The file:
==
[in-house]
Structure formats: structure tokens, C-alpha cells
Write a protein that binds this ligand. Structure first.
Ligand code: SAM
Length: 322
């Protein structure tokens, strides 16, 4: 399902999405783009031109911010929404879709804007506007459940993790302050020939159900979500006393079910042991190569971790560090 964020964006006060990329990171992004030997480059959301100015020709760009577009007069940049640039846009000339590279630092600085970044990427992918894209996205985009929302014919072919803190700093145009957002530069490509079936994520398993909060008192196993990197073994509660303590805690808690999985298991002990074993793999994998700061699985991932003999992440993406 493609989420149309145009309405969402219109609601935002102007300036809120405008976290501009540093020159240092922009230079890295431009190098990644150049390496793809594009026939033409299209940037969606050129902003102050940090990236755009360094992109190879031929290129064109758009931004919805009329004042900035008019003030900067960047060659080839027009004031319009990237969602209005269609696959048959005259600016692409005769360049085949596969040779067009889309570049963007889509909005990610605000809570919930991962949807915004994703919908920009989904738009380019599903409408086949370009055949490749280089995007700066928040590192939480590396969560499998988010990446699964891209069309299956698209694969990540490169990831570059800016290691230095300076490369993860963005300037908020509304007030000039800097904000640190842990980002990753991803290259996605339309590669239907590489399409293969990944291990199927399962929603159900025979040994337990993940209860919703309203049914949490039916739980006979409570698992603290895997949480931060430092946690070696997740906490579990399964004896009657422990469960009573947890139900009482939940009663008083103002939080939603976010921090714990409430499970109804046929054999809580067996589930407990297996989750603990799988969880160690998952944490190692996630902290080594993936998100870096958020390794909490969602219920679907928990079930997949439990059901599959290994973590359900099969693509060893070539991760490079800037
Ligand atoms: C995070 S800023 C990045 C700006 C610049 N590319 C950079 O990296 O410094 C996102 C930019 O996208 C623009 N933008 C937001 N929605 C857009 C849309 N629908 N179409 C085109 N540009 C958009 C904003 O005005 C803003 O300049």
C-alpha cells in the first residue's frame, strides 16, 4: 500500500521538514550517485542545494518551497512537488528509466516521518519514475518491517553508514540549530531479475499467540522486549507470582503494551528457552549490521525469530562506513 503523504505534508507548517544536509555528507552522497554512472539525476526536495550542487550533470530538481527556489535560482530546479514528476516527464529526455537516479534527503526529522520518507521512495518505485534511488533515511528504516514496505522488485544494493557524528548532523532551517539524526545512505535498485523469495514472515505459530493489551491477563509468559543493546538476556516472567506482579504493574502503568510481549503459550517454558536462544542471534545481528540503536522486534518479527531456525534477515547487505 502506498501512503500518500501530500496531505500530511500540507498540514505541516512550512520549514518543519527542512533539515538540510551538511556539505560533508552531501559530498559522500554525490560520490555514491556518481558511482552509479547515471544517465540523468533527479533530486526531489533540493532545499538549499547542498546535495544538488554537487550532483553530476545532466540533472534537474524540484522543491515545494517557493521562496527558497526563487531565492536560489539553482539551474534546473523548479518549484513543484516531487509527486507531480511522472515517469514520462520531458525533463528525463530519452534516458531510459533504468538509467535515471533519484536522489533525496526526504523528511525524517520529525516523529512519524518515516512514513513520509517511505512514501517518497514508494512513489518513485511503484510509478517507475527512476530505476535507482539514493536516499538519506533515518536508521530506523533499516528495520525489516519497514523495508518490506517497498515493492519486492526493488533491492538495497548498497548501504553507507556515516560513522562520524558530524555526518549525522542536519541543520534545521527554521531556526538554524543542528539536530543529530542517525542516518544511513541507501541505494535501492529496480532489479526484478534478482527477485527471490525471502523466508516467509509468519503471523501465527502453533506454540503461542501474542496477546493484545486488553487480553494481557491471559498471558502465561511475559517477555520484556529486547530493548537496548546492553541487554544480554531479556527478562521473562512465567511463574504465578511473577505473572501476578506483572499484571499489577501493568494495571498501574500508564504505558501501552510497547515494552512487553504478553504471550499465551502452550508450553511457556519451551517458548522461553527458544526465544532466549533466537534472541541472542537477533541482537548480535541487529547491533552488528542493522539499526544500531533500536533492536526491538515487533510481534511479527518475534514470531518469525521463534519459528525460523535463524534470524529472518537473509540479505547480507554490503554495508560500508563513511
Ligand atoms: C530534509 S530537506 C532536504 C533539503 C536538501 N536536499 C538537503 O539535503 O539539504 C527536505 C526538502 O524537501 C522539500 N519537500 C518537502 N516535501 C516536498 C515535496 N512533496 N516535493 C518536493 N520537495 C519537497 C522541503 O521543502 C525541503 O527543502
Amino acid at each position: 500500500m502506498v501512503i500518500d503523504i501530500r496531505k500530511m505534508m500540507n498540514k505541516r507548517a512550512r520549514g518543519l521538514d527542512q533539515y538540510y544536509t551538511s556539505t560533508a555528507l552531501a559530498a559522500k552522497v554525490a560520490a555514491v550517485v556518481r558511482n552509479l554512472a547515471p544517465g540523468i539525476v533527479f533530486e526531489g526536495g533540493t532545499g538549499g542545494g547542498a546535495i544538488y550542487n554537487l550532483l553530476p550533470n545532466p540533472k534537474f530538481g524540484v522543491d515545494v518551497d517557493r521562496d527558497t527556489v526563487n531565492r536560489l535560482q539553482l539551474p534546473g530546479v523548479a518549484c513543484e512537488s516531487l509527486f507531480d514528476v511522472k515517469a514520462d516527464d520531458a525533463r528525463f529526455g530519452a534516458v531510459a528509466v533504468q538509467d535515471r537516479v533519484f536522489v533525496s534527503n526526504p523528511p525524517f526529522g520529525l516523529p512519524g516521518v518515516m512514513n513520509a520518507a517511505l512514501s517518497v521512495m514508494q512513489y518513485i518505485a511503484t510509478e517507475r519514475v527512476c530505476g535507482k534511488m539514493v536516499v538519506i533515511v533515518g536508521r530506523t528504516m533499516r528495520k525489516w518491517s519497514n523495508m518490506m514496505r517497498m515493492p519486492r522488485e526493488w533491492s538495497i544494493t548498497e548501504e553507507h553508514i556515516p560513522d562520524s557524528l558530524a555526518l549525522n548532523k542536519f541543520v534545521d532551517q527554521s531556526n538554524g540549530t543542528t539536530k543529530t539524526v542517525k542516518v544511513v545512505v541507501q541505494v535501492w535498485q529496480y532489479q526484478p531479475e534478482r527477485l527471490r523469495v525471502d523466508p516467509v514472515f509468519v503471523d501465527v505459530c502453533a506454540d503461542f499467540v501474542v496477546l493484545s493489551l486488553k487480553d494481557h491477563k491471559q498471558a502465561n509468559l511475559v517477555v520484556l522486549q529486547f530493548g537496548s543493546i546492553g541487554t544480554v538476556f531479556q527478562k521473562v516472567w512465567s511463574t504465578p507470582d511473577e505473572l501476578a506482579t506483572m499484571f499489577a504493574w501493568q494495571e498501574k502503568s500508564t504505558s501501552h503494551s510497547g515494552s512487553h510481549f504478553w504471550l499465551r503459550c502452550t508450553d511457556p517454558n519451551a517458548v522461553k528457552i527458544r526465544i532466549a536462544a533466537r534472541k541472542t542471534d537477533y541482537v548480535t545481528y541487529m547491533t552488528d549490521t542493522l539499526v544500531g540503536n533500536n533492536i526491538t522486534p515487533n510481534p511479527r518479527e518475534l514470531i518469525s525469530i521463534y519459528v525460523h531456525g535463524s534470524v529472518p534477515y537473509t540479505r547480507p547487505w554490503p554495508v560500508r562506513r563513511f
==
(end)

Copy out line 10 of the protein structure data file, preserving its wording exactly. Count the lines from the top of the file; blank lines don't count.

Amino acid at each position: 500500500m502506498v501512503i500518500d503523504i501530500r496531505k500530511m505534508m500540507n498540514k505541516r507548517a512550512r520549514g518543519l521538514d527542512q533539515y538540510y544536509t551538511s556539505t560533508a555528507l552531501a559530498a559522500k552522497v554525490a560520490a555514491v550517485v556518481r558511482n552509479l554512472a547515471p544517465g540523468i539525476v533527479f533530486e526531489g526536495g533540493t532545499g538549499g542545494g547542498a546535495i544538488y550542487n554537487l550532483l553530476p550533470n545532466p540533472k534537474f530538481g524540484v522543491d515545494v518551497d517557493r521562496d527558497t527556489v526563487n531565492r536560489l535560482q539553482l539551474p534546473g530546479v523548479a518549484c513543484e512537488s516531487l509527486f507531480d514528476v511522472k515517469a514520462d516527464d520531458a525533463r528525463f529526455g530519452a534516458v531510459a528509466v533504468q538509467d535515471r537516479v533519484f536522489v533525496s534527503n526526504p523528511p525524517f526529522g520529525l516523529p512519524g516521518v518515516m512514513n513520509a520518507a517511505l512514501s517518497v521512495m514508494q512513489y518513485i518505485a511503484t510509478e517507475r519514475v527512476c530505476g535507482k534511488m539514493v536516499v538519506i533515511v533515518g536508521r530506523t528504516m533499516r528495520k525489516w518491517s519497514n523495508m518490506m514496505r517497498m515493492p519486492r522488485e526493488w533491492s538495497i544494493t548498497e548501504e553507507h553508514i556515516p560513522d562520524s557524528l558530524a555526518l549525522n548532523k542536519f541543520v534545521d532551517q527554521s531556526n538554524g540549530t543542528t539536530k543529530t539524526v542517525k542516518v544511513v545512505v541507501q541505494v535501492w535498485q529496480y532489479q526484478p531479475e534478482r527477485l527471490r523469495v525471502d523466508p516467509v514472515f509468519v503471523d501465527v505459530c502453533a506454540d503461542f499467540v501474542v496477546l493484545s493489551l486488553k487480553d494481557h491477563k491471559q498471558a502465561n509468559l511475559v517477555v520484556l522486549q529486547f530493548g537496548s543493546i546492553g541487554t544480554v538476556f531479556q527478562k521473562v516472567w512465567s511463574t504465578p507470582d511473577e505473572l501476578a506482579t506483572m499484571f499489577a504493574w501493568q494495571e498501574k502503568s500508564t504505558s501501552h503494551s510497547g515494552s512487553h510481549f504478553w504471550l499465551r503459550c502452550t508450553d511457556p517454558n519451551a517458548v522461553k528457552i527458544r526465544i532466549a536462544a533466537r534472541k541472542t542471534d537477533y541482537v548480535t545481528y541487529m547491533t552488528d549490521t542493522l539499526v544500531g540503536n533500536n533492536i526491538t522486534p515487533n510481534p511479527r518479527e518475534l514470531i518469525s525469530i521463534y519459528v525460523h531456525g535463524s534470524v529472518p534477515y537473509t540479505r547480507p547487505w554490503p554495508v560500508r562506513r563513511f